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Decaying infrastructure taking a toll on America

America's infrastructure is in a state of crisis. Roads and train lines are old, dangerous and cost the country billions of dollars in economic growth. Trump wants to repair damages but he is at the mercy of investors.

The summer of hell began for New Yorkers last Monday. Beginning at four o'clock in the afternoon people hurried home from work, clogging midtown Manhattan's Pennsylvania Station. Over 600,000 people trek to Manhattan daily from faraway places like New Jersey and Long Island, entering the city via Penn Station. More people transit through Penn Station than all three of New York's airports: JFK, LaGuardia and Newark. Yet on Monday many tracks were shut down for the summer so the city can begin tackling urgently needed repairs.

"We are now beginning to see what happens when mass transit systems break down. We have a painful precursor, a series of breakdowns with Amtrak and Pennsylvania Station," said New York state Governor Andrew Cuomo, "When you close down the tracks there is a series of dominoes that fall, that puts the entire system near collapse." This was during the press conference where Cuomo declared a state of emergency for the transit system.

At 120 years of age it's a miracle that New York's overworked city transport system is still working.

The old subways of New York

And it is not only the subway that needs repair: Streets are littered with potholes, dilapidated tunnels are increasingly dangerous and the sewage systems need maintenance. Electricity grids, gas and oil pipelines, ports, freight rail and internet broadband are all infrastructure that require constant maintenance, yet they are privately owned and well kept.

It is the infrastructure that falls under government watch that is failing.

"Everyone wants the benefits of good infrastructure and nobody wants to pay, so things are allowed to deteriorate," says Ingo Walter, Professor Emeritus of Finance at New York University, "Transportation is the lynchpin. Fixing our roads, bridges, tunnels and transportation hubs are a must and will have the biggest impact."

Every four years the American Society of Civil Engineers (ASCE) measures the conditions of bridge, water and transportation infrastructure within the US and publishes its findings through the Infrastructure Report Card. New York received a C- in 2017. With one-third of America's entire public transport belonging to the state of New York, this is a critical and costly failure.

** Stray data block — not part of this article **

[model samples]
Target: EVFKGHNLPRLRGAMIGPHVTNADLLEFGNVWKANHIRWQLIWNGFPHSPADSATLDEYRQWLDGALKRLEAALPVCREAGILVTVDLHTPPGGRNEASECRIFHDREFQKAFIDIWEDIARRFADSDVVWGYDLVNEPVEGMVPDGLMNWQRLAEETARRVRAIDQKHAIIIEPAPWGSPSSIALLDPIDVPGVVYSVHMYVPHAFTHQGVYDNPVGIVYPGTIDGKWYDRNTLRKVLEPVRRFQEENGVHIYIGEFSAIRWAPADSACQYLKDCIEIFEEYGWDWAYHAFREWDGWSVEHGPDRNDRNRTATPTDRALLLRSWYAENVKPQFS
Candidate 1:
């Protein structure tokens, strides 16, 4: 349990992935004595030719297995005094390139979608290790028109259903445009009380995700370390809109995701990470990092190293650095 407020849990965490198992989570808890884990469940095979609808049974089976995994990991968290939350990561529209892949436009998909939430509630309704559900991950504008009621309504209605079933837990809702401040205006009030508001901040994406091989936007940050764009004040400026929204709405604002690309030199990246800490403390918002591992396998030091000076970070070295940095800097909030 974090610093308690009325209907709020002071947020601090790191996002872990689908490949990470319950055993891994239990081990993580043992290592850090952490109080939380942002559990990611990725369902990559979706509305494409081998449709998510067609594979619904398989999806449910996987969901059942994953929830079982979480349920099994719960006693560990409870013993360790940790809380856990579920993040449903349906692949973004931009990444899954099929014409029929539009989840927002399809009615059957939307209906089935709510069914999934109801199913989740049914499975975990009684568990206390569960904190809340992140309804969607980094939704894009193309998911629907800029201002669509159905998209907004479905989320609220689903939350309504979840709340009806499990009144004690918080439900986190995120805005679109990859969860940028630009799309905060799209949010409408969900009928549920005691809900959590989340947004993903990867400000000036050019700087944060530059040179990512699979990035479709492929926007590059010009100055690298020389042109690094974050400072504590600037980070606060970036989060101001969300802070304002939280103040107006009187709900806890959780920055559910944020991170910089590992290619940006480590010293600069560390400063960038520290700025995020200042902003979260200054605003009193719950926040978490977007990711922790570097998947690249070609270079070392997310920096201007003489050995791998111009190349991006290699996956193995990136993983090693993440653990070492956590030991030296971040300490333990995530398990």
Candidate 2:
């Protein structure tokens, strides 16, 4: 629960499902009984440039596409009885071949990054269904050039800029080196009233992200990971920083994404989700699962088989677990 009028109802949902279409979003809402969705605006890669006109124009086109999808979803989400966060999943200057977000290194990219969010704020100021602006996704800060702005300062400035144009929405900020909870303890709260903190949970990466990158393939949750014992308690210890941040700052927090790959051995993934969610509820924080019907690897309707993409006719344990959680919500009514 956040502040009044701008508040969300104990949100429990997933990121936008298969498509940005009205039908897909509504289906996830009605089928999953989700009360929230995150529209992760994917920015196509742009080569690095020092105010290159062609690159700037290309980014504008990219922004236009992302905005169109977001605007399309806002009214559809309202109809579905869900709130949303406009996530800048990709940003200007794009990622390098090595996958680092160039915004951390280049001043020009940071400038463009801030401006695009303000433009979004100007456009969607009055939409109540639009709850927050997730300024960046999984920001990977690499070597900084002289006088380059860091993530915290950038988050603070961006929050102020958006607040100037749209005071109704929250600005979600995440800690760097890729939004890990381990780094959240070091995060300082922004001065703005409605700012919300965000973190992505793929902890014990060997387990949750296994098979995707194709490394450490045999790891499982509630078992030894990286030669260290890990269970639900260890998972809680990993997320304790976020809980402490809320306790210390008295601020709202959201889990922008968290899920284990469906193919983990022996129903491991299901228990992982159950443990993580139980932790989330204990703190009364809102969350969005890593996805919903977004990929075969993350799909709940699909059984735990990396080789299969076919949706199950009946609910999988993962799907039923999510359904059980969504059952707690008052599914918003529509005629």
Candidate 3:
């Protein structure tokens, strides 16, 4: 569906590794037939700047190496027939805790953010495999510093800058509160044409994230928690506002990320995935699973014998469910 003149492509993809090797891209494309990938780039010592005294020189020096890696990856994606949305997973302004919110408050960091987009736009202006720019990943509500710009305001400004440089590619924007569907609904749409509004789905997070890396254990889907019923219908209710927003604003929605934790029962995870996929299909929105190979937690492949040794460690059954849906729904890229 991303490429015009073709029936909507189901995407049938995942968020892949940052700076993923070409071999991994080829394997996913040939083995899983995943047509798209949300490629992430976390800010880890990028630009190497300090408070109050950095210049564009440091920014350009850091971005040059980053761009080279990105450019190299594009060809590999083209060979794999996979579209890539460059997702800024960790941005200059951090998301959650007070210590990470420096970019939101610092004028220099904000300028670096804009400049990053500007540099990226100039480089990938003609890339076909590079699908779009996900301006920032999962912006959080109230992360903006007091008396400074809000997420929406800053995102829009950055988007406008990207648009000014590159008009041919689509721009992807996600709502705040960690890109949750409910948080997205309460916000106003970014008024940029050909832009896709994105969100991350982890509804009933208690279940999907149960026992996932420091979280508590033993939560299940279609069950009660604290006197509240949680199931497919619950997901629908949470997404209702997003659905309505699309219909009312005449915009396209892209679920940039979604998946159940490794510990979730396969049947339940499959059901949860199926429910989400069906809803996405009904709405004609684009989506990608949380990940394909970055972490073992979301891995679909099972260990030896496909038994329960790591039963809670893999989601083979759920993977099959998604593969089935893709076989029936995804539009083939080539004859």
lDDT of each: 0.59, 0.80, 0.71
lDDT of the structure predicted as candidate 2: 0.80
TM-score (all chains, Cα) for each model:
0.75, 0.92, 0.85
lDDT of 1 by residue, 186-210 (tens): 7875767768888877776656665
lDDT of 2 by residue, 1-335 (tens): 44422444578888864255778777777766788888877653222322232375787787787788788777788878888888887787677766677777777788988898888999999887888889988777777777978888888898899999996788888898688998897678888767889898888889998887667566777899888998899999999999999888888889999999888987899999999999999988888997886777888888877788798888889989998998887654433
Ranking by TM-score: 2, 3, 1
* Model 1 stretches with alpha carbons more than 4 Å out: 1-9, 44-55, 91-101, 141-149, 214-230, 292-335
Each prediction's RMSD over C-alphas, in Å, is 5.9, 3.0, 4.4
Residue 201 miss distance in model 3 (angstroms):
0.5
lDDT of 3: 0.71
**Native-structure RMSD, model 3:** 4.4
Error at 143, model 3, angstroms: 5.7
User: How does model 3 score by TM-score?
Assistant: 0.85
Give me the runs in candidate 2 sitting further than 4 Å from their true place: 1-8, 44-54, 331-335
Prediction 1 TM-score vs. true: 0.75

Why are they so off track?

The report card for America's entire infrastructure system was even worse. The US scored a lowly D+.

The American Society of Civil Engineers has reported that 2,000 dams could break at any moment, 56,000 bridges across the country are crumbling and one out of every five roads needs repair.

"It affects how we are engaging in the economy," says Brian Pallasch, the director of ASCE, "It hurts our GDP. By the year 2020 we are going to lose 4 trillion dollars of growth in GDP. And we have been able to calculate that aging infrastructure costs American families about $3,400 (2,940 euros) a year. Think about the time you waste, the fuel you waste." This includes car repairs for tires busted on bad roads, higher costs for fuel used while sitting in traffic, not to mention the cost of a person's time. ASCE estimated it will cost $3.9 trillion to get American infrastructure back on track.

Trump's plan: More money (maybe)

During his campaign, Trump promised trillions of dollars to tackle this issue. Yet a look at the budget says otherwise: The government will spend only $200 billion on the infrastructure package. The remaining $800 billion must come from states and municipalities - no major problem for wealthy states. But the rural areas remain in disrepair.

Trump wants private investors to finance infrastructure projects though private-public partnerships. Trump wants to incentivize this through favorable loans and tax breaks, which could subsidize the private sector, create jobs and ease the burden on the government budget. On the flipside, private companies might charge additional fees in attempts to create return on their investment, essentially asking Americans to pay what would have been saved in taxes, in addition to their regular tax payments.

This model also opens the door to inequality, as the cities that need the most funding do not attract investors. Examples of this can be found in Michigan, where Detroit and Flint are essentially a shambles following a major loss of industry. WalletHub voted them the worst cities in America, leaving them at spots 149 and 143 out of 150 cities. There are no prestigious projects to attract investors there. "Congress has not looked after the infrastructure for a decade, and now we see the consequences," says Pallasch.

Penn Station is just the beginning.

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